Asked if the argument could be made that the report on the Millennium Development Goals was five years late, Mr. Sachs said that it was a tragedy that the international system had lost a considerable amount of time since the Goals had been announced in 2000.  And while the International Conference on Financing for Development had been held in Monterrey, Mexico, in 2002, there had not been the consequent follow-up to link actions on the ground with the Goals.  So that meant that the international community was really near the end of the permissible time in which the Goals could be met.  “If 2005 is not a breakthrough year, these Goals will certainly not be met in a large number of countries”, he said.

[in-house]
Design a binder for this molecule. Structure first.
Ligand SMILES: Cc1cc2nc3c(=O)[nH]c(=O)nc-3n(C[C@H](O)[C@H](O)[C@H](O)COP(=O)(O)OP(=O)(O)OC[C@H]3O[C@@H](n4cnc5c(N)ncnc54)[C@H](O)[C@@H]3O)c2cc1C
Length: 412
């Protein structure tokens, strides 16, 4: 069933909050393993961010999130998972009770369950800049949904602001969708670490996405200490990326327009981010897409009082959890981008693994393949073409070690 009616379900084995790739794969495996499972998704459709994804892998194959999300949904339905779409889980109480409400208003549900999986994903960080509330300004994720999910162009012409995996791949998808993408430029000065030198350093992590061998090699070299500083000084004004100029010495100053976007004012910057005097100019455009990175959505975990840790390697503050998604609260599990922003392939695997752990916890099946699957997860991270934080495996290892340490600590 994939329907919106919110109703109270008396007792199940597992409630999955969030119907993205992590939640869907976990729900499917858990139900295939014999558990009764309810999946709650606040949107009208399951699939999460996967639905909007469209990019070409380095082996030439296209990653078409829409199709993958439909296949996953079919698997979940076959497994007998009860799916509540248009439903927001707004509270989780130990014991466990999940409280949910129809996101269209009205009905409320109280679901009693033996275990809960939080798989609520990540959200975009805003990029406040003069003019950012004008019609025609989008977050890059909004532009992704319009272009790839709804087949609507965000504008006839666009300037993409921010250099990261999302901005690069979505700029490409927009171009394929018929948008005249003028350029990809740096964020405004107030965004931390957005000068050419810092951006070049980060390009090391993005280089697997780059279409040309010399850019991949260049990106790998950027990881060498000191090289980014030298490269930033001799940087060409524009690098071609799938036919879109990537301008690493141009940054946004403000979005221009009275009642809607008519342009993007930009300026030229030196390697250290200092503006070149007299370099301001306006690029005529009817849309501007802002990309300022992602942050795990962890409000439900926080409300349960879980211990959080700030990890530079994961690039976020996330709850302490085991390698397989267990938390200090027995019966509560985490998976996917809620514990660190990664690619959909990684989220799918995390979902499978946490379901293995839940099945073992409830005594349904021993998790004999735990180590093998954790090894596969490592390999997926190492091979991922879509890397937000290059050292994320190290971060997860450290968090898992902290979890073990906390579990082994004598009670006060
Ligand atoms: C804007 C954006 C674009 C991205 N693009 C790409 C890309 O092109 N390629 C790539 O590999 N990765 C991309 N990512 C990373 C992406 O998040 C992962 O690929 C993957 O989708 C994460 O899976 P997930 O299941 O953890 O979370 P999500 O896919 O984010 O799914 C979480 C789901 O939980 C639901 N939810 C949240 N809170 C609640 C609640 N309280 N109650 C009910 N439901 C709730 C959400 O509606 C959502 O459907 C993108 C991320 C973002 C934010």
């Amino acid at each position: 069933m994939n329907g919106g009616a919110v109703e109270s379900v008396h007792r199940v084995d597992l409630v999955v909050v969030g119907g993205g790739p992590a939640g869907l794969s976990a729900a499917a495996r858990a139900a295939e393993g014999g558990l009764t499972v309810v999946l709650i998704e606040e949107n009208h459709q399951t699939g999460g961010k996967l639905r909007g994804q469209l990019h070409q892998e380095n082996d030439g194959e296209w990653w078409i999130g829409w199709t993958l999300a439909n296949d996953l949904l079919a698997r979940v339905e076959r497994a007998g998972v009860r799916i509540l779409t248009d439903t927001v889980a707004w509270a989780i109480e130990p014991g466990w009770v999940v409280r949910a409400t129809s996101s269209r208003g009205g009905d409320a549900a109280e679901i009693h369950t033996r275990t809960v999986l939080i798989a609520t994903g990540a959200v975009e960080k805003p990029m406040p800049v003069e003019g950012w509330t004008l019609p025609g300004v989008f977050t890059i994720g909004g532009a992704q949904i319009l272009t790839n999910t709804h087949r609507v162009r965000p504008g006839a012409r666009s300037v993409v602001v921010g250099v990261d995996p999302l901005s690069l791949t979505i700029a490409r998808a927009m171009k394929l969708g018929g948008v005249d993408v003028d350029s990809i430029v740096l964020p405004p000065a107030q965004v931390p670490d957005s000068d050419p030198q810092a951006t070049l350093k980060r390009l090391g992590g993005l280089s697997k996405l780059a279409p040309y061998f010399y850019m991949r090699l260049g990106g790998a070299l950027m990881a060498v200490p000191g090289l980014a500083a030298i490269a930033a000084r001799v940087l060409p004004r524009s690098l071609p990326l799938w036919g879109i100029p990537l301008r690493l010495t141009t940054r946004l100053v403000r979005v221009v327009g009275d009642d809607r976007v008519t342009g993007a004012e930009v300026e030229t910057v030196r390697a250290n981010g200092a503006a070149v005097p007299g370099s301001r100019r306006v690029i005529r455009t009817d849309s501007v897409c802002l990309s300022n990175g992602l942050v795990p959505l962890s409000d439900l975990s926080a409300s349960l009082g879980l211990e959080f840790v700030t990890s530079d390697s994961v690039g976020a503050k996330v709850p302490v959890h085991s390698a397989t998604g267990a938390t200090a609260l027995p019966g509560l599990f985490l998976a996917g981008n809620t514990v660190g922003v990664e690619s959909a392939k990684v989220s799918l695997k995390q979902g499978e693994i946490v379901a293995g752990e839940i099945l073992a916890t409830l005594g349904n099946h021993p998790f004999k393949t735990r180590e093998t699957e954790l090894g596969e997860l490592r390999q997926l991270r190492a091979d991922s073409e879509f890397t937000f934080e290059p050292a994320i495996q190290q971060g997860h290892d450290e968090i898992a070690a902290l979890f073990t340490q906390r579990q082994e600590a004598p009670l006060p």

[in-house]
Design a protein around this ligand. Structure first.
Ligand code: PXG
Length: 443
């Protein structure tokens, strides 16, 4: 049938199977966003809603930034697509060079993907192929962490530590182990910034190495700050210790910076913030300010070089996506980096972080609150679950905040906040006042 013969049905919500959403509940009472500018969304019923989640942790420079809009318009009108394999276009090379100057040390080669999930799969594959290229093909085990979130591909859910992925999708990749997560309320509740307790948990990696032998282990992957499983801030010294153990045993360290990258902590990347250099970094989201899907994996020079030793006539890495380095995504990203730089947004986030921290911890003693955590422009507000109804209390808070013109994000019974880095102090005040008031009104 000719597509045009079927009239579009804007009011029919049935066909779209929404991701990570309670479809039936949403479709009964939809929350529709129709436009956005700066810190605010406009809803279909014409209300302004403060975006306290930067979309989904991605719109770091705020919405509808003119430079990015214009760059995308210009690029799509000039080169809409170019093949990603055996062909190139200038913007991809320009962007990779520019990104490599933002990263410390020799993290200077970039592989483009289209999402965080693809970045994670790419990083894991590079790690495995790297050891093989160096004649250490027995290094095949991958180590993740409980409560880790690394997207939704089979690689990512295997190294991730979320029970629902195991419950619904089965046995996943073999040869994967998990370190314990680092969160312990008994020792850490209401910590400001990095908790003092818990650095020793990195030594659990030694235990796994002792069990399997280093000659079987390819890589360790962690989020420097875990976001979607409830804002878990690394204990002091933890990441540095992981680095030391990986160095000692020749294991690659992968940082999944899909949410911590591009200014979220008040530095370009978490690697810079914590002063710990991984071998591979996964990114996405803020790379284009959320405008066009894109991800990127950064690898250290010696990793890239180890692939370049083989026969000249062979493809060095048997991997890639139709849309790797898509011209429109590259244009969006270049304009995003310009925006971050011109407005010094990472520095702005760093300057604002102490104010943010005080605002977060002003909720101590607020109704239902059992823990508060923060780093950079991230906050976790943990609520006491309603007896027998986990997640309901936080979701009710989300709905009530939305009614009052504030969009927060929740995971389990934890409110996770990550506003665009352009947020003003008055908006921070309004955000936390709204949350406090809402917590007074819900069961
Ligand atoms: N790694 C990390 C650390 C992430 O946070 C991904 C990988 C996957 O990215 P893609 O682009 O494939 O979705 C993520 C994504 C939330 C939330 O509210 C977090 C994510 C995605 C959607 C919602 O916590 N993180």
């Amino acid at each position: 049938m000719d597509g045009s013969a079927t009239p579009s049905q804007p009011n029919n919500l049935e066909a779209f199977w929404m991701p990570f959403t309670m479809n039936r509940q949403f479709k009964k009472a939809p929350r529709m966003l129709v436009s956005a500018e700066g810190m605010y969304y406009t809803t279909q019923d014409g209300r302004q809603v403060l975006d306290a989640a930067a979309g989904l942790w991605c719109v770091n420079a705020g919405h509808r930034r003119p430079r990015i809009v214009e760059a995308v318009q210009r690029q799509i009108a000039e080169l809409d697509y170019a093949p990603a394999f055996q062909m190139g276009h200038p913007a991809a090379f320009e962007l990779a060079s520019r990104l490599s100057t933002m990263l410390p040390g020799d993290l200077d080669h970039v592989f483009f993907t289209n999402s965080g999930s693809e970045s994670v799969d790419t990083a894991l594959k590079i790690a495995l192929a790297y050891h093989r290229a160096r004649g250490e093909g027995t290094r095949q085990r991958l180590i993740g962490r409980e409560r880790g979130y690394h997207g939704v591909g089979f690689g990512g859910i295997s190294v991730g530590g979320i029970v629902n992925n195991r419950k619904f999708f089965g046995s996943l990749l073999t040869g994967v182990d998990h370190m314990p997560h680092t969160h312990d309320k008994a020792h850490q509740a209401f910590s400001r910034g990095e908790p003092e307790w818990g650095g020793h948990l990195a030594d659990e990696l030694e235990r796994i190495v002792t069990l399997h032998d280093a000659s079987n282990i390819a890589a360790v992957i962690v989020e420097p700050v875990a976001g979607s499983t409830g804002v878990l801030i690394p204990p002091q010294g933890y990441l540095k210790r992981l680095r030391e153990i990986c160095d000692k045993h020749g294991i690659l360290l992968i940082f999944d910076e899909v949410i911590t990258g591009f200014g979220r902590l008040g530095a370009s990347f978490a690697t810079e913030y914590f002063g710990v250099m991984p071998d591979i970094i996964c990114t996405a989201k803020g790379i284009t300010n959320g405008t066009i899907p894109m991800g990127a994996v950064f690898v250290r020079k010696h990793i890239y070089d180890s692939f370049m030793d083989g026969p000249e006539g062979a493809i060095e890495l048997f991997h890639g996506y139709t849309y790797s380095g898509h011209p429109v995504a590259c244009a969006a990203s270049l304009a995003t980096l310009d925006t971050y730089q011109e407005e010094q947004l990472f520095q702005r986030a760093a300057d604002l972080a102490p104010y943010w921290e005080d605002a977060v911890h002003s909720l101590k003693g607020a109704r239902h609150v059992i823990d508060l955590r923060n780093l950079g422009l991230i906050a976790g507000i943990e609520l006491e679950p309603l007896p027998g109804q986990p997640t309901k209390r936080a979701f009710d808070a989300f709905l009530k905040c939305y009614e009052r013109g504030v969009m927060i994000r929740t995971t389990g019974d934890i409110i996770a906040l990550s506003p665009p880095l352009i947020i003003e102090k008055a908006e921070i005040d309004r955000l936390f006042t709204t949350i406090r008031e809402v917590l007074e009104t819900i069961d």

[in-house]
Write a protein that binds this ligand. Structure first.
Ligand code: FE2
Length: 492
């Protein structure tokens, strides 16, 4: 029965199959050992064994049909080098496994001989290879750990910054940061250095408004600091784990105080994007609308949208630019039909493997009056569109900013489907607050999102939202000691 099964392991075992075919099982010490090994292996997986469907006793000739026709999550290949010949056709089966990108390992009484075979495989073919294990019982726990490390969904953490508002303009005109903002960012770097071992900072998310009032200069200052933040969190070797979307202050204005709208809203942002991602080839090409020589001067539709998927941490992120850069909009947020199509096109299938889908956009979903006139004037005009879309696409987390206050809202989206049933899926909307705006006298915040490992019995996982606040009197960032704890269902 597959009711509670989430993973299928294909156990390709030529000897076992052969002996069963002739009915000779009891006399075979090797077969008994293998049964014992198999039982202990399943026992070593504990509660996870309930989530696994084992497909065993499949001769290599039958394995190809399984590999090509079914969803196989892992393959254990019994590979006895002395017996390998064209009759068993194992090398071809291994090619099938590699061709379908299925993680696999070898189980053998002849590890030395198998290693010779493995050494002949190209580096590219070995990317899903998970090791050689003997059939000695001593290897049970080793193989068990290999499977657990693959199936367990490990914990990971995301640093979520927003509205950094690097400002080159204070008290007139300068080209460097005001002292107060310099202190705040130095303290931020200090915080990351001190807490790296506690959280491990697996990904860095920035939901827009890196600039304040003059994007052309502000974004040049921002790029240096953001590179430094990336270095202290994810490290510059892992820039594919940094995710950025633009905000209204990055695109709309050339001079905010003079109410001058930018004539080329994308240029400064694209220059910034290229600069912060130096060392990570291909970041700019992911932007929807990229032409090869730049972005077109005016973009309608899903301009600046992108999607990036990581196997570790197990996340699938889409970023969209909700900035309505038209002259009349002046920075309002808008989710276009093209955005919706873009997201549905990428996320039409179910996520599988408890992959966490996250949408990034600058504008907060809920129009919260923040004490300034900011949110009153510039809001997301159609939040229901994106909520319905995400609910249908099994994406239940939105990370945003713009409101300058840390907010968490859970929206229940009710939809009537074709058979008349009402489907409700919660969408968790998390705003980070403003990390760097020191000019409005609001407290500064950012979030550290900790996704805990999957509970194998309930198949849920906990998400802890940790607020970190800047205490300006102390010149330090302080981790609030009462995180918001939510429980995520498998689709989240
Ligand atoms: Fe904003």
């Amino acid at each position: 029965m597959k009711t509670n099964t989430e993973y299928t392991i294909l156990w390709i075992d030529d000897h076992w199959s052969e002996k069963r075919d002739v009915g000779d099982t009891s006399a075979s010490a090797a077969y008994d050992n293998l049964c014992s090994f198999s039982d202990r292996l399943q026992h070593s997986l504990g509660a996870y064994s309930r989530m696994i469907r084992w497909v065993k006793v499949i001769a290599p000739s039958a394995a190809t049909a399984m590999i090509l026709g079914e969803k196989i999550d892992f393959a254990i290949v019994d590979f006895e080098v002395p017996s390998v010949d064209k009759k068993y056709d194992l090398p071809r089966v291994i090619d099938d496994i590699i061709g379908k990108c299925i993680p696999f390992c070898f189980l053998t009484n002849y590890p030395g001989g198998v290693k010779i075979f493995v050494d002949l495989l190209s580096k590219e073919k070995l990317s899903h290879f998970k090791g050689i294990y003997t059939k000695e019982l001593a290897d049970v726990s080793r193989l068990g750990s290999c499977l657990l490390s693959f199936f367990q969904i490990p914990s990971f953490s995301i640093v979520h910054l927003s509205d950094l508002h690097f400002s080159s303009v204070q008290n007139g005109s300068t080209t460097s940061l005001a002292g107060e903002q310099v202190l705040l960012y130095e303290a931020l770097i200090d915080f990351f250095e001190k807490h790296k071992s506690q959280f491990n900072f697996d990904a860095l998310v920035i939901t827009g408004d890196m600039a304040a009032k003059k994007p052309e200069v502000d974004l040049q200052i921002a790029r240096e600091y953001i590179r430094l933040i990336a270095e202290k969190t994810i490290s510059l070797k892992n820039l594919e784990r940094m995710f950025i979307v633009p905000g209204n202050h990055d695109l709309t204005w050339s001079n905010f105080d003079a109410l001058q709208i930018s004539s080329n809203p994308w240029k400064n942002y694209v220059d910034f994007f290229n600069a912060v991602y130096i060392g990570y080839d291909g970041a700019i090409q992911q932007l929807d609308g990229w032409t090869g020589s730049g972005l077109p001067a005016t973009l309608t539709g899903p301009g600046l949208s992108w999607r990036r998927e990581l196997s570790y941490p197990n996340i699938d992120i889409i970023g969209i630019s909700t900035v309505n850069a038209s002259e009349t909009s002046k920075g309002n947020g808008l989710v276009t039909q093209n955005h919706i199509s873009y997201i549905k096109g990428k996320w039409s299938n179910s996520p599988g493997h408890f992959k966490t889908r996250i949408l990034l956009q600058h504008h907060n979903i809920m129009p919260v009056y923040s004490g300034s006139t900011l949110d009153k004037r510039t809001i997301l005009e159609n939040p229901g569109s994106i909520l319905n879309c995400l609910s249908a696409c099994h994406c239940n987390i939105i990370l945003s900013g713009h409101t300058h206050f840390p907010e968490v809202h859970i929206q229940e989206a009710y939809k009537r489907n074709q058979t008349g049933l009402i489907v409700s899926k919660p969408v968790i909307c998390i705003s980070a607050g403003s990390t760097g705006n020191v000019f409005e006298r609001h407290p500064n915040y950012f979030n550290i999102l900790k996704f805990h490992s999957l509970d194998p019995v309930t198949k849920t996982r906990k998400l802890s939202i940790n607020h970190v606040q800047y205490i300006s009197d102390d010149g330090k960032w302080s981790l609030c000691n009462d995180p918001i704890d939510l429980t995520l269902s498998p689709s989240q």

He had been asked in 2002 to hash out what could be done, and the team had been working very hard on that with governments to get things in place.  But [the international system] was hard to turn, and it often, tragically, did not have its focus on the world’s poorest and most vulnerable people.  There was a tremendous imbalance of focus within the international community on the issues of war and peace and less on dying and suffering of the poor, who had no voice and did not command the media airwaves.

“So let’s be clear, right now, the system is not working”, he said, “it could work.  The steps we’re talking about won’t need a dozen years of [analysis and debate]…We have designed a set of recommendations that we can work with in the current institutions…which can lead to consequent results.”  He agreed that if there had been a much more intensive follow-through in 2000 -- not within the United Nations system but from the world’s political powers -- “we would be much farther along.”